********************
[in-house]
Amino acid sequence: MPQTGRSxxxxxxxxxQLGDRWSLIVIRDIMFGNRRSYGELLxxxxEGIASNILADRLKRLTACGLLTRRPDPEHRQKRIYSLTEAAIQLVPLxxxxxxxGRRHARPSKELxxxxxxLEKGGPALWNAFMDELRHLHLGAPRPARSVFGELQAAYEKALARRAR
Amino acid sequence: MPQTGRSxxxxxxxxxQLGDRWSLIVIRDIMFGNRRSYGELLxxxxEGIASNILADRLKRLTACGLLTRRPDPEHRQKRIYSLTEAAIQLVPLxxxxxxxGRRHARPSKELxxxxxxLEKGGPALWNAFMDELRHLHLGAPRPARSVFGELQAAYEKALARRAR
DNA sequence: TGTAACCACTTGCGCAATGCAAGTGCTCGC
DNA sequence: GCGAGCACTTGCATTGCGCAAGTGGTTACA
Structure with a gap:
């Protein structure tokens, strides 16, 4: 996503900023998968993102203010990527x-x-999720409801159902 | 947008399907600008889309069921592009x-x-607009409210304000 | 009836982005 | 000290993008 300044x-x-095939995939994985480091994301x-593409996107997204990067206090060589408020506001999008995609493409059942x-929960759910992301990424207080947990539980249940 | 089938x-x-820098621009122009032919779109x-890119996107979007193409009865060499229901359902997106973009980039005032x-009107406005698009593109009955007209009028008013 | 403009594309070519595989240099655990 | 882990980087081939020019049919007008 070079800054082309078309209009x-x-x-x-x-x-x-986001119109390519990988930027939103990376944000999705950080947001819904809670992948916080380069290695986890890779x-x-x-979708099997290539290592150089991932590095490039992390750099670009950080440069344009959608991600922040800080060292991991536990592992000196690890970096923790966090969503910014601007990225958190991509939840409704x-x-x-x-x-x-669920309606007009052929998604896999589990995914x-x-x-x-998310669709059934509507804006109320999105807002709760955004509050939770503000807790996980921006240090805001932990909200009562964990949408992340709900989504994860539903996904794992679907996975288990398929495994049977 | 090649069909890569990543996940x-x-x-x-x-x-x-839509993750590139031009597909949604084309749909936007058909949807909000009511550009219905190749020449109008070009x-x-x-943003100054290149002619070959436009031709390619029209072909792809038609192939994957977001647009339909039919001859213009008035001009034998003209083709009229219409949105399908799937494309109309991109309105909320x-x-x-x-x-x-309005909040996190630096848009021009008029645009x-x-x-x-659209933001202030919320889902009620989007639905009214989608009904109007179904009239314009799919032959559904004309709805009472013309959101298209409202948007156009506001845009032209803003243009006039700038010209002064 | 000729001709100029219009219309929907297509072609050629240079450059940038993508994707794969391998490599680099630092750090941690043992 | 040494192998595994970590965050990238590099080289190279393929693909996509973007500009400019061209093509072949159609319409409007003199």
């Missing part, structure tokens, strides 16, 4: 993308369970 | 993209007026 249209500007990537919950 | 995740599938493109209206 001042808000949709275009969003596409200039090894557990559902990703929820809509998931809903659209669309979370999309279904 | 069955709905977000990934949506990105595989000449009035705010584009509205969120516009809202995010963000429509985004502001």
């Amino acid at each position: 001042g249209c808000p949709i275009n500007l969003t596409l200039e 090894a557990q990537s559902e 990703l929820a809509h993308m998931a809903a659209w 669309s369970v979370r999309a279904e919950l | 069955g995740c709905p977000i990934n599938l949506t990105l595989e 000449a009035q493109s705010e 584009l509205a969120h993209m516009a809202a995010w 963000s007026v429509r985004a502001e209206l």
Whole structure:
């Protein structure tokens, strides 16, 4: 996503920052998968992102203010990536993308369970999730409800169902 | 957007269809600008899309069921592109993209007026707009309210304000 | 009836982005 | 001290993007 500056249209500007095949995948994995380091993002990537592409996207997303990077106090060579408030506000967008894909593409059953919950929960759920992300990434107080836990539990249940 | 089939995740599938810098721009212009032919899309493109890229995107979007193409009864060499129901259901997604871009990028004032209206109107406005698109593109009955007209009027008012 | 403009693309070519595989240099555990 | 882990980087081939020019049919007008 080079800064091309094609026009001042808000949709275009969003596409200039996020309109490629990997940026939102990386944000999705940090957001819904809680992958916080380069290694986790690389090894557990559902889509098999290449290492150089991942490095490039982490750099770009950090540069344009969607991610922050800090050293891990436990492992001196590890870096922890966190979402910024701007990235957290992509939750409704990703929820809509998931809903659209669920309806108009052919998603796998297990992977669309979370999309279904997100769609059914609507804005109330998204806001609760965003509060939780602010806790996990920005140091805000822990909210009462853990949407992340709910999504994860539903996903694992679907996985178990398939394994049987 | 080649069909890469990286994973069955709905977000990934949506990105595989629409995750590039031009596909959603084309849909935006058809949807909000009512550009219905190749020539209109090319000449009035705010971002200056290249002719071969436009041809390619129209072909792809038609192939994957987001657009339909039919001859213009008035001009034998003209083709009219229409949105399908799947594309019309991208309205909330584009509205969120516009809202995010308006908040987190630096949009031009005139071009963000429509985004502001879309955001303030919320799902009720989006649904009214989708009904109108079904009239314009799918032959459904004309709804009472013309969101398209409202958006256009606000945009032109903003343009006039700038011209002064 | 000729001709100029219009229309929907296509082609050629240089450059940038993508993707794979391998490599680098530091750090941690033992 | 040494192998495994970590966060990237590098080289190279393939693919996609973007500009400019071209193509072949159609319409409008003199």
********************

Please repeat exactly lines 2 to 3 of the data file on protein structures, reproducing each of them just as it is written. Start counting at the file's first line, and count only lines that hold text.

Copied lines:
Amino acid sequence: MPQTGRSxxxxxxxxxQLGDRWSLIVIRDIMFGNRRSYGELLxxxxEGIASNILADRLKRLTACGLLTRRPDPEHRQKRIYSLTEAAIQLVPLxxxxxxxGRRHARPSKELxxxxxxLEKGGPALWNAFMDELRHLHLGAPRPARSVFGELQAAYEKALARRAR
Amino acid sequence: MPQTGRSxxxxxxxxxQLGDRWSLIVIRDIMFGNRRSYGELLxxxxEGIASNILADRLKRLTACGLLTRRPDPEHRQKRIYSLTEAAIQLVPLxxxxxxxGRRHARPSKELxxxxxxLEKGGPALWNAFMDELRHLHLGAPRPARSVFGELQAAYEKALARRAR